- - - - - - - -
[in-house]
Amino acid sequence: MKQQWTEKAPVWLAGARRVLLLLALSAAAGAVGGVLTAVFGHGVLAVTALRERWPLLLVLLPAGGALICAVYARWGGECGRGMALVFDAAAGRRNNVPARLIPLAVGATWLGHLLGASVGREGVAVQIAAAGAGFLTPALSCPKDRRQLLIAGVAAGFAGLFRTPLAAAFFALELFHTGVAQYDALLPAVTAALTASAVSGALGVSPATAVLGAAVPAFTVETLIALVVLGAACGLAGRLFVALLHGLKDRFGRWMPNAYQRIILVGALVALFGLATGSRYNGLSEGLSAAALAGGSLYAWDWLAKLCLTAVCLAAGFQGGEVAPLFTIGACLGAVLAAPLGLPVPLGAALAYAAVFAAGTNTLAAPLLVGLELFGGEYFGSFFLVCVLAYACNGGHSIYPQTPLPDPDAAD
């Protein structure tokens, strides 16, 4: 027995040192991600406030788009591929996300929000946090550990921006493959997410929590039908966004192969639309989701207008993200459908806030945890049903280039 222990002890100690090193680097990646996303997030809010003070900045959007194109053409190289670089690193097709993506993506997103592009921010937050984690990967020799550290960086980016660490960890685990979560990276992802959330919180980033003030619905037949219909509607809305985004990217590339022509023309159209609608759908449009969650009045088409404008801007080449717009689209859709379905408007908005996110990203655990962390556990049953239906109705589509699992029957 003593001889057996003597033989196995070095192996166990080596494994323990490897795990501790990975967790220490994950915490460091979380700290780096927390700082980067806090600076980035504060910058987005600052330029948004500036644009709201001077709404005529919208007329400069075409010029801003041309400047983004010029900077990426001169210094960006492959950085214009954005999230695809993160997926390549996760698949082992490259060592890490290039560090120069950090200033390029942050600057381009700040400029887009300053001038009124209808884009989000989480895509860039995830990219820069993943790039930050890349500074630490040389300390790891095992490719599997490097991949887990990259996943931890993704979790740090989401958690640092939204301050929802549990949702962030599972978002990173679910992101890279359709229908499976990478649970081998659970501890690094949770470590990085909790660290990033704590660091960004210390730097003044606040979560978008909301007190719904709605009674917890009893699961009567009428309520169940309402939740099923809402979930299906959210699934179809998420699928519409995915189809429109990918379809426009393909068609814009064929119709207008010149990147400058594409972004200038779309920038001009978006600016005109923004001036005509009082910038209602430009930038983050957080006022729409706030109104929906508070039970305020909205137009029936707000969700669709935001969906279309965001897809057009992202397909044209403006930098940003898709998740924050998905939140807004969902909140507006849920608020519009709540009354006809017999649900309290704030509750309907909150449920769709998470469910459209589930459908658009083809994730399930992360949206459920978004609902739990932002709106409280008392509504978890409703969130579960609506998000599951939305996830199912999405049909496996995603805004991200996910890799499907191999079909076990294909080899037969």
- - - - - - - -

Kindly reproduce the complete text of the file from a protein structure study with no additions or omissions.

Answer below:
[in-house]
Amino acid sequence: MKQQWTEKAPVWLAGARRVLLLLALSAAAGAVGGVLTAVFGHGVLAVTALRERWPLLLVLLPAGGALICAVYARWGGECGRGMALVFDAAAGRRNNVPARLIPLAVGATWLGHLLGASVGREGVAVQIAAAGAGFLTPALSCPKDRRQLLIAGVAAGFAGLFRTPLAAAFFALELFHTGVAQYDALLPAVTAALTASAVSGALGVSPATAVLGAAVPAFTVETLIALVVLGAACGLAGRLFVALLHGLKDRFGRWMPNAYQRIILVGALVALFGLATGSRYNGLSEGLSAAALAGGSLYAWDWLAKLCLTAVCLAAGFQGGEVAPLFTIGACLGAVLAAPLGLPVPLGAALAYAAVFAAGTNTLAAPLLVGLELFGGEYFGSFFLVCVLAYACNGGHSIYPQTPLPDPDAAD
């Protein structure tokens, strides 16, 4: 027995040192991600406030788009591929996300929000946090550990921006493959997410929590039908966004192969639309989701207008993200459908806030945890049903280039 222990002890100690090193680097990646996303997030809010003070900045959007194109053409190289670089690193097709993506993506997103592009921010937050984690990967020799550290960086980016660490960890685990979560990276992802959330919180980033003030619905037949219909509607809305985004990217590339022509023309159209609608759908449009969650009045088409404008801007080449717009689209859709379905408007908005996110990203655990962390556990049953239906109705589509699992029957 003593001889057996003597033989196995070095192996166990080596494994323990490897795990501790990975967790220490994950915490460091979380700290780096927390700082980067806090600076980035504060910058987005600052330029948004500036644009709201001077709404005529919208007329400069075409010029801003041309400047983004010029900077990426001169210094960006492959950085214009954005999230695809993160997926390549996760698949082992490259060592890490290039560090120069950090200033390029942050600057381009700040400029887009300053001038009124209808884009989000989480895509860039995830990219820069993943790039930050890349500074630490040389300390790891095992490719599997490097991949887990990259996943931890993704979790740090989401958690640092939204301050929802549990949702962030599972978002990173679910992101890279359709229908499976990478649970081998659970501890690094949770470590990085909790660290990033704590660091960004210390730097003044606040979560978008909301007190719904709605009674917890009893699961009567009428309520169940309402939740099923809402979930299906959210699934179809998420699928519409995915189809429109990918379809426009393909068609814009064929119709207008010149990147400058594409972004200038779309920038001009978006600016005109923004001036005509009082910038209602430009930038983050957080006022729409706030109104929906508070039970305020909205137009029936707000969700669709935001969906279309965001897809057009992202397909044209403006930098940003898709998740924050998905939140807004969902909140507006849920608020519009709540009354006809017999649900309290704030509750309907909150449920769709998470469910459209589930459908658009083809994730399930992360949206459920978004609902739990932002709106409280008392509504978890409703969130579960609506998000599951939305996830199912999405049909496996995603805004991200996910890799499907191999079909076990294909080899037969």